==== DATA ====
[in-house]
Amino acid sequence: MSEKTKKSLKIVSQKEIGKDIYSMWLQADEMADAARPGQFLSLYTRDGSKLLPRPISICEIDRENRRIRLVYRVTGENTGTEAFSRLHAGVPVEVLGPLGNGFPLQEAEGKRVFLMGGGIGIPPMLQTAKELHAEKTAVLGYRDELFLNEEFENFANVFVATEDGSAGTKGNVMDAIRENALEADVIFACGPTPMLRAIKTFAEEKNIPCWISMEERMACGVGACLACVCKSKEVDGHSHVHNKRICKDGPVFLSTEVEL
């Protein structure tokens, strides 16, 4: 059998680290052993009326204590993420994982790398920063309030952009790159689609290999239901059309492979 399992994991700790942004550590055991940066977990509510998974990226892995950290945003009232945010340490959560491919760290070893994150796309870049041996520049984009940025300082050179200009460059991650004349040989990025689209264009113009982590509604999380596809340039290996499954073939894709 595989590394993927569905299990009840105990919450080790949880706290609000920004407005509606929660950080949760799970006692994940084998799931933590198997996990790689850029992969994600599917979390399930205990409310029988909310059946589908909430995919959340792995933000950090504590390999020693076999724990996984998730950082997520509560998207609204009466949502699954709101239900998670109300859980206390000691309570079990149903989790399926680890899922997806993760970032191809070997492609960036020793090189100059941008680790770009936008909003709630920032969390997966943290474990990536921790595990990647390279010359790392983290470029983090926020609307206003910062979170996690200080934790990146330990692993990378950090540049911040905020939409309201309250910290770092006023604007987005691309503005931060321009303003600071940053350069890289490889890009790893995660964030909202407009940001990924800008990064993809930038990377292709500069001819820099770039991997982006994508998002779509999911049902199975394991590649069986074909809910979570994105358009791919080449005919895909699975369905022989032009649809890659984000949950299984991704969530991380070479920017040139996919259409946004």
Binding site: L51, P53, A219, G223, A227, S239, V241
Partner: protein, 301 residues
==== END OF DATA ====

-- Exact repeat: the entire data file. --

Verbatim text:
[in-house]
Amino acid sequence: MSEKTKKSLKIVSQKEIGKDIYSMWLQADEMADAARPGQFLSLYTRDGSKLLPRPISICEIDRENRRIRLVYRVTGENTGTEAFSRLHAGVPVEVLGPLGNGFPLQEAEGKRVFLMGGGIGIPPMLQTAKELHAEKTAVLGYRDELFLNEEFENFANVFVATEDGSAGTKGNVMDAIRENALEADVIFACGPTPMLRAIKTFAEEKNIPCWISMEERMACGVGACLACVCKSKEVDGHSHVHNKRICKDGPVFLSTEVEL
């Protein structure tokens, strides 16, 4: 059998680290052993009326204590993420994982790398920063309030952009790159689609290999239901059309492979 399992994991700790942004550590055991940066977990509510998974990226892995950290945003009232945010340490959560491919760290070893994150796309870049041996520049984009940025300082050179200009460059991650004349040989990025689209264009113009982590509604999380596809340039290996499954073939894709 595989590394993927569905299990009840105990919450080790949880706290609000920004407005509606929660950080949760799970006692994940084998799931933590198997996990790689850029992969994600599917979390399930205990409310029988909310059946589908909430995919959340792995933000950090504590390999020693076999724990996984998730950082997520509560998207609204009466949502699954709101239900998670109300859980206390000691309570079990149903989790399926680890899922997806993760970032191809070997492609960036020793090189100059941008680790770009936008909003709630920032969390997966943290474990990536921790595990990647390279010359790392983290470029983090926020609307206003910062979170996690200080934790990146330990692993990378950090540049911040905020939409309201309250910290770092006023604007987005691309503005931060321009303003600071940053350069890289490889890009790893995660964030909202407009940001990924800008990064993809930038990377292709500069001819820099770039991997982006994508998002779509999911049902199975394991590649069986074909809910979570994105358009791919080449005919895909699975369905022989032009649809890659984000949950299984991704969530991380070479920017040139996919259409946004």
Binding site: L51, P53, A219, G223, A227, S239, V241
Partner: protein, 301 residues